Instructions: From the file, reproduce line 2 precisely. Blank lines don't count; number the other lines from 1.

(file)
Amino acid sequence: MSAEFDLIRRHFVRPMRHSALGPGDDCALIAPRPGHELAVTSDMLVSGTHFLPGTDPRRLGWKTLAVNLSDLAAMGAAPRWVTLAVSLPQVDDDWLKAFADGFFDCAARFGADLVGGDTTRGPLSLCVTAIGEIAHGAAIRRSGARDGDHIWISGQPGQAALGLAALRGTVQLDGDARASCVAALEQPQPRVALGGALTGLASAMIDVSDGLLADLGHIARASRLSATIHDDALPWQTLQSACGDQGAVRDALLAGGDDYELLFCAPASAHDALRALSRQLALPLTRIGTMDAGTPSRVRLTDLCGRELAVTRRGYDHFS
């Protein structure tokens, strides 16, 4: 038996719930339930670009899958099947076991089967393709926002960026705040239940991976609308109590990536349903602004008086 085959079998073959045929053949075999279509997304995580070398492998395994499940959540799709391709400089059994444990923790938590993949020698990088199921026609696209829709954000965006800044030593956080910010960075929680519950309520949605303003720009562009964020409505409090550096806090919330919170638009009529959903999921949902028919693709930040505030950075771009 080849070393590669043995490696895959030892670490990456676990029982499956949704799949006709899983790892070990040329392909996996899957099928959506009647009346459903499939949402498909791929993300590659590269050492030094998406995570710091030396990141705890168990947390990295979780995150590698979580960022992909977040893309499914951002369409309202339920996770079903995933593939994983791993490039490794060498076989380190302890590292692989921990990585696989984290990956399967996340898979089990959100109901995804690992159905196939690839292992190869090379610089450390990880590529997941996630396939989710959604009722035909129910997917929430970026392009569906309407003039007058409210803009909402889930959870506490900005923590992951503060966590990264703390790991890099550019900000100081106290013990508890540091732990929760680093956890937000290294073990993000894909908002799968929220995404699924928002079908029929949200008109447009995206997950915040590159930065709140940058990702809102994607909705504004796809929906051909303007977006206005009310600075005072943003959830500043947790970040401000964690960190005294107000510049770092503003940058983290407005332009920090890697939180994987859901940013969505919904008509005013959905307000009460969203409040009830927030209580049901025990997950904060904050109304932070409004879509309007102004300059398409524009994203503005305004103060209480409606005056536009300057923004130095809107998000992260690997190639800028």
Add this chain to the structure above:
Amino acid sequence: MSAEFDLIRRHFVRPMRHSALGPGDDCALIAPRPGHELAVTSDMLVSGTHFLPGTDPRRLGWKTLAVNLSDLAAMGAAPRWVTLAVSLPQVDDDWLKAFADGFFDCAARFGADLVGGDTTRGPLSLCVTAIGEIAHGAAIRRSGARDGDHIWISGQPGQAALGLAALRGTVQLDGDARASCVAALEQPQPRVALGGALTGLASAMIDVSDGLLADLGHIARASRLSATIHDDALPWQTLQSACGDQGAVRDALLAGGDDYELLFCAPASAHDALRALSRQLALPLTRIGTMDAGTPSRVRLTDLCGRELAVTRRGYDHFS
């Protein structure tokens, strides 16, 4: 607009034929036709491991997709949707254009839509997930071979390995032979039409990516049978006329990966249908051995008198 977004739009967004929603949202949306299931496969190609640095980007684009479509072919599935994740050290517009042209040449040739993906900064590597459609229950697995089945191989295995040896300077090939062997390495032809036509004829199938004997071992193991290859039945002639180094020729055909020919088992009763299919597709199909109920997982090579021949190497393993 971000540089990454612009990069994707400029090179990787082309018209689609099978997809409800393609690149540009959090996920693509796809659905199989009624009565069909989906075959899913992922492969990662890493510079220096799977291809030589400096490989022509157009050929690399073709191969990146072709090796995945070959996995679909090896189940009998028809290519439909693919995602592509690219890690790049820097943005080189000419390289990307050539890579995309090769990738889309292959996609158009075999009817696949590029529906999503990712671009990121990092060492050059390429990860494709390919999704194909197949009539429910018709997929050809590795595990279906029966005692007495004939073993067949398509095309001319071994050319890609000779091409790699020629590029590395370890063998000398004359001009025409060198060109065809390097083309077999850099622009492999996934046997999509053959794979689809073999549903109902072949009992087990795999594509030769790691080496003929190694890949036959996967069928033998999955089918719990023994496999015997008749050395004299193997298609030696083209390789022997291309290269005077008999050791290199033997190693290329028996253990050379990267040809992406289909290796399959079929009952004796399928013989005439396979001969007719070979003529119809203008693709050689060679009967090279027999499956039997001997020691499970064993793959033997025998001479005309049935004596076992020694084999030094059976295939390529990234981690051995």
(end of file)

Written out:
């Protein structure tokens, strides 16, 4: 038996719930339930670009899958099947076991089967393709926002960026705040239940991976609308109590990536349903602004008086 085959079998073959045929053949075999279509997304995580070398492998395994499940959540799709391709400089059994444990923790938590993949020698990088199921026609696209829709954000965006800044030593956080910010960075929680519950309520949605303003720009562009964020409505409090550096806090919330919170638009009529959903999921949902028919693709930040505030950075771009 080849070393590669043995490696895959030892670490990456676990029982499956949704799949006709899983790892070990040329392909996996899957099928959506009647009346459903499939949402498909791929993300590659590269050492030094998406995570710091030396990141705890168990947390990295979780995150590698979580960022992909977040893309499914951002369409309202339920996770079903995933593939994983791993490039490794060498076989380190302890590292692989921990990585696989984290990956399967996340898979089990959100109901995804690992159905196939690839292992190869090379610089450390990880590529997941996630396939989710959604009722035909129910997917929430970026392009569906309407003039007058409210803009909402889930959870506490900005923590992951503060966590990264703390790991890099550019900000100081106290013990508890540091732990929760680093956890937000290294073990993000894909908002799968929220995404699924928002079908029929949200008109447009995206997950915040590159930065709140940058990702809102994607909705504004796809929906051909303007977006206005009310600075005072943003959830500043947790970040401000964690960190005294107000510049770092503003940058983290407005332009920090890697939180994987859901940013969505919904008509005013959905307000009460969203409040009830927030209580049901025990997950904060904050109304932070409004879509309007102004300059398409524009994203503005305004103060209480409606005056536009300057923004130095809107998000992260690997190639800028």